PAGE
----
That Challenge has now switched to an invitation-only basis (the most recent invitation has been extended to the proponents of some $US7250 speaker cables...), because Randi's sick of being bombarded with green-ink lots-of-underlining letters from loonies who're constitutionally unable to actually engage in any real testing of their alleged powers. But your friend will be a shoo-in to get invited once he's already won the Australian prize!
I've a passing acquaintance with Barry Williams, President of the Oz Skeptics, and I've swapped mail with Randi as well. So I'll be happy to help you out if you have problems with your application.
It would, of course, be churlish of me to point out that it's quite easy to barbecue a video card just by touching it if you don't take proper anti-static precautions. It's also very easy to wipe floppy disks by using elementary conjuring techniques and small rare earth magnet.
Your friend, of course, certainly is not having a bit of a lend of you by doing any such underhanded things. He will therefore pass with flying colours the tests which have, in the past, invariably been failed by other people who claim to be "magnetic", or able to damage any electronic item that comes near them, and so on.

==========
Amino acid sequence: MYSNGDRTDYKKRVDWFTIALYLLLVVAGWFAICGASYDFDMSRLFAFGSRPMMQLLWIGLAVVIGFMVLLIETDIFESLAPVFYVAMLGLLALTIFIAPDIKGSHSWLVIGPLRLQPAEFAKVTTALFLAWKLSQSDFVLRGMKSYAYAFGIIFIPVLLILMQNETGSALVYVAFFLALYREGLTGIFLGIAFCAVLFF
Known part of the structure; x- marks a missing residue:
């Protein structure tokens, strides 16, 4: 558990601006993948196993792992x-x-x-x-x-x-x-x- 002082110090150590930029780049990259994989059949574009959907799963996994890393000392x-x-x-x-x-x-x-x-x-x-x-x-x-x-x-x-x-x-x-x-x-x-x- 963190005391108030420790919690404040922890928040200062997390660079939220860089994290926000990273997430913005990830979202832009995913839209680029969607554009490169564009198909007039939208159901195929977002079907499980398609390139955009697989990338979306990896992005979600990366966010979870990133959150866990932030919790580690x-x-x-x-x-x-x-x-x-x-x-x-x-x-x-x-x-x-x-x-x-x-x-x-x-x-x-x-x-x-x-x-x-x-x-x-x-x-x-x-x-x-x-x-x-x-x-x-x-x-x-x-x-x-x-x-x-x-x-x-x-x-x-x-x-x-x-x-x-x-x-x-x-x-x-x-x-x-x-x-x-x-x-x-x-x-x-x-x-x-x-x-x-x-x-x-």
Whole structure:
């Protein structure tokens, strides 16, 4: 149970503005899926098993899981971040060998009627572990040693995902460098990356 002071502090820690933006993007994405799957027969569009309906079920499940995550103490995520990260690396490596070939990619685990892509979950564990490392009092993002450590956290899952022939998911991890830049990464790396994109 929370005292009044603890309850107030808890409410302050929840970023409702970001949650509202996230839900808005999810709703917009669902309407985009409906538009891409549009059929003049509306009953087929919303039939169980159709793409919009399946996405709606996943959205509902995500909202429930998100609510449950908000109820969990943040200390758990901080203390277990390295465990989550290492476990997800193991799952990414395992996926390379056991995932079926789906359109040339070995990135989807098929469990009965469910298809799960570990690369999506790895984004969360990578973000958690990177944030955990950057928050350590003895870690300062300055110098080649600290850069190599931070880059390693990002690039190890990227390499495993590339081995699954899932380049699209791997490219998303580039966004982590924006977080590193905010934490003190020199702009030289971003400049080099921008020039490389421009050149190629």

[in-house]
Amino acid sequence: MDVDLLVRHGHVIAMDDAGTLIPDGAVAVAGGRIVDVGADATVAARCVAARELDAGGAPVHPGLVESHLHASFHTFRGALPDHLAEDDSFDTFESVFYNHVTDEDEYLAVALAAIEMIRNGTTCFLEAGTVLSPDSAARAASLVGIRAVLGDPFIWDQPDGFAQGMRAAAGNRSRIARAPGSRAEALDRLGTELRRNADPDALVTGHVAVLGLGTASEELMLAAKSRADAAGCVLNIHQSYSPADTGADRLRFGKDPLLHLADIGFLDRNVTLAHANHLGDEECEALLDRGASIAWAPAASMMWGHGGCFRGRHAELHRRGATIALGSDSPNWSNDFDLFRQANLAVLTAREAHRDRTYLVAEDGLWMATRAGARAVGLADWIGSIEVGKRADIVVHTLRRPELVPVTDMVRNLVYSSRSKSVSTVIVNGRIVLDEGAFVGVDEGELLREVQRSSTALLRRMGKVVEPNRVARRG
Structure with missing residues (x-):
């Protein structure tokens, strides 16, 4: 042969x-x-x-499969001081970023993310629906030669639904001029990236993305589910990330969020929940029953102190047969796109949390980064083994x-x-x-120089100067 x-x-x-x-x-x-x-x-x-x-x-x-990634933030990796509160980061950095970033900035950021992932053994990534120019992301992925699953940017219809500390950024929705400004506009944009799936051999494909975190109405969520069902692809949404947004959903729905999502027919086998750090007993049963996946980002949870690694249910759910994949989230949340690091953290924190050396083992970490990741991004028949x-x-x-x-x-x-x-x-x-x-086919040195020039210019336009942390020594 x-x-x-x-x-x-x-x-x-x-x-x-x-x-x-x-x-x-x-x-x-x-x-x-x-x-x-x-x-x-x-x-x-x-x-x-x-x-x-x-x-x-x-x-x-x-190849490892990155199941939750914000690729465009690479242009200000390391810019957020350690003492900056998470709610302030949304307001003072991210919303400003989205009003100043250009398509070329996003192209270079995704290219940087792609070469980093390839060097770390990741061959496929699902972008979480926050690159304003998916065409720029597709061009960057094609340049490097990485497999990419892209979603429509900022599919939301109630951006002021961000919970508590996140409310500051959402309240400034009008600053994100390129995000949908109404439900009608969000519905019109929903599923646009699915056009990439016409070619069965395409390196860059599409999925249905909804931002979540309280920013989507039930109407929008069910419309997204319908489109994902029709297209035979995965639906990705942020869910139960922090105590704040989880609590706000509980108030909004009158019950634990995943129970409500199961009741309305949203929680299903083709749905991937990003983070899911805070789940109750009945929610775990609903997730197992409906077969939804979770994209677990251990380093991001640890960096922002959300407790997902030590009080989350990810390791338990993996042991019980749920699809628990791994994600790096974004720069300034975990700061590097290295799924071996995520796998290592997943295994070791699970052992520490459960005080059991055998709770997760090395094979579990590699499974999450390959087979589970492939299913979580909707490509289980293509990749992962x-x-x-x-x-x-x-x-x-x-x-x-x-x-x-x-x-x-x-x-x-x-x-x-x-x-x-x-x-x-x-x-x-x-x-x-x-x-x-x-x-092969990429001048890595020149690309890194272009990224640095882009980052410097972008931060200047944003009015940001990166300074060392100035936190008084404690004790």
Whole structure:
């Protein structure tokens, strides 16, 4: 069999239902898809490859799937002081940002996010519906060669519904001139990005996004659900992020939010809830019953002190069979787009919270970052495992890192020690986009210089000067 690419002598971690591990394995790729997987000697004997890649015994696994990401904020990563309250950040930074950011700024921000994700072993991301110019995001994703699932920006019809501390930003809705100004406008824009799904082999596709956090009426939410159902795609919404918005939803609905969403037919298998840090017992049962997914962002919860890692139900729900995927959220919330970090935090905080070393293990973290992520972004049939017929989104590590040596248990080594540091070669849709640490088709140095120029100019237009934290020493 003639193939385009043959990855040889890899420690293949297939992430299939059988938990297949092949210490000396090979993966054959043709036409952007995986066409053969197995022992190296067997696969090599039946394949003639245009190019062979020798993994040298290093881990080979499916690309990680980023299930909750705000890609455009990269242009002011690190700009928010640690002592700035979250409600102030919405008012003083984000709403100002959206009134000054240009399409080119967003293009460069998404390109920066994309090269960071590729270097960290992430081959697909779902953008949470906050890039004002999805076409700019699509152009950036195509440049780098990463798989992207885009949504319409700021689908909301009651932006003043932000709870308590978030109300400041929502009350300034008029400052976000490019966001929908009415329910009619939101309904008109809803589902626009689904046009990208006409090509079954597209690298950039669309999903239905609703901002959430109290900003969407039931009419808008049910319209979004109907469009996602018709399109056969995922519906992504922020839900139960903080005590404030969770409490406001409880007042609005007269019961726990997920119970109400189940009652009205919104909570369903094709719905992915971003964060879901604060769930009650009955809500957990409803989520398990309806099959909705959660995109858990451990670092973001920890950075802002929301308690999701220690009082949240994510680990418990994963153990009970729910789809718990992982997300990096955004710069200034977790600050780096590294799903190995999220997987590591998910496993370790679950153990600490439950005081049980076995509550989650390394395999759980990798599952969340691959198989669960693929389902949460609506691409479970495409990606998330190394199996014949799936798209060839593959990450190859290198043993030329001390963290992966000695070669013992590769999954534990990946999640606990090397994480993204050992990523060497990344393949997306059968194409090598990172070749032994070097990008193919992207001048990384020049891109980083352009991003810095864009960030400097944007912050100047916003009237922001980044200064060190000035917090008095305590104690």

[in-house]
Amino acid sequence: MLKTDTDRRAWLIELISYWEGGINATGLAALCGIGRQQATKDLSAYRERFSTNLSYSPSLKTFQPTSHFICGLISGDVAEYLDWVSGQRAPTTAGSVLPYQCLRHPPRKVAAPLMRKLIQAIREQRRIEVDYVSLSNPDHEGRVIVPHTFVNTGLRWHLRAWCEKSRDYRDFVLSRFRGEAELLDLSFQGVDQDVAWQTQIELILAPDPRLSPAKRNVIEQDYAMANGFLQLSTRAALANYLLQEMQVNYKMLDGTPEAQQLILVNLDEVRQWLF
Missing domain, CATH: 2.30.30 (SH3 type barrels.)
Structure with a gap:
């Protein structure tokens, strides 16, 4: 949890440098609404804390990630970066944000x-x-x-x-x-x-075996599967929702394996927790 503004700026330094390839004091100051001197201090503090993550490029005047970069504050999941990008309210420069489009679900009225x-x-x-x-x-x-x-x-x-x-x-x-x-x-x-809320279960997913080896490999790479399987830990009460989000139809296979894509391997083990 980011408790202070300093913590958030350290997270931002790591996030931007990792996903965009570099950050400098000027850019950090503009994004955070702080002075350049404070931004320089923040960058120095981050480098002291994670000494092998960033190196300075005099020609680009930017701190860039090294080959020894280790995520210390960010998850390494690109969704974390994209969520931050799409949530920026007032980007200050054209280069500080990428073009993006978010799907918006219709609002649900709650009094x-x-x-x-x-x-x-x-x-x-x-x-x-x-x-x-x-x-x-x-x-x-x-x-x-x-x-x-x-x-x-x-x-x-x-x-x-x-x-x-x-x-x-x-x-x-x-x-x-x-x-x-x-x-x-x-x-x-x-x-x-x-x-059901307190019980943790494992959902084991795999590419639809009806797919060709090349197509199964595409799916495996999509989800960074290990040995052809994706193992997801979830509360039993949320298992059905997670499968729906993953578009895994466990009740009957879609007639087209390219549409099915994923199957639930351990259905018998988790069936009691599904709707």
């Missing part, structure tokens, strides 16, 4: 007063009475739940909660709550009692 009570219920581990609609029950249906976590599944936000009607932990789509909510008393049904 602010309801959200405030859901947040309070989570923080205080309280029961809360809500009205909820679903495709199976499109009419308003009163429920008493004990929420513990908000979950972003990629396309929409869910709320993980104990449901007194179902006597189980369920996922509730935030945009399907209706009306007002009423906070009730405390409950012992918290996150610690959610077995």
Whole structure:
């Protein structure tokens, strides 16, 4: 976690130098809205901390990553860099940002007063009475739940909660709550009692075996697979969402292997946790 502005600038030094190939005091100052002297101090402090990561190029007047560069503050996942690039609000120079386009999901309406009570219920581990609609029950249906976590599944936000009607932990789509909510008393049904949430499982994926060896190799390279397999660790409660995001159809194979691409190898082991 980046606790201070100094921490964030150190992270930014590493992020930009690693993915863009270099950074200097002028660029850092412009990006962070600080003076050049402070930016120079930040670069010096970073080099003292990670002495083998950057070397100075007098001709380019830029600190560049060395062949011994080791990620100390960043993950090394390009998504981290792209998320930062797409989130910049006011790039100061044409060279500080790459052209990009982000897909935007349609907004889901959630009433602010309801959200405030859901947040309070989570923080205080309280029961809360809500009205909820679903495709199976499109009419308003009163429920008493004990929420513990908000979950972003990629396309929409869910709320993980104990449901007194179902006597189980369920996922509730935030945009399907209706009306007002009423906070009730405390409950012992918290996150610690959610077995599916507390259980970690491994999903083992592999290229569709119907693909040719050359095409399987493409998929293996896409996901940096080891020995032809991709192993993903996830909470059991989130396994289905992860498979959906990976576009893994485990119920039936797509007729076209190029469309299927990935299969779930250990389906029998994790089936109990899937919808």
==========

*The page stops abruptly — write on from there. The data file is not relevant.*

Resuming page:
"Magnetic body" stunts actually have quite a storied history. The most basic is making a compass needle turn with your mind - or, more accurately, with a magnet hidden on your foot or leg, under the table (the audience always watches your hands).
The world is also strangely well supplied with "magnetic" people who claim that cutlery, for instance, will stick to them. This usually seems to be, boringly, because they've got sticky skin.
I'm sure your friend is the real thing, though. Get ready to cash in!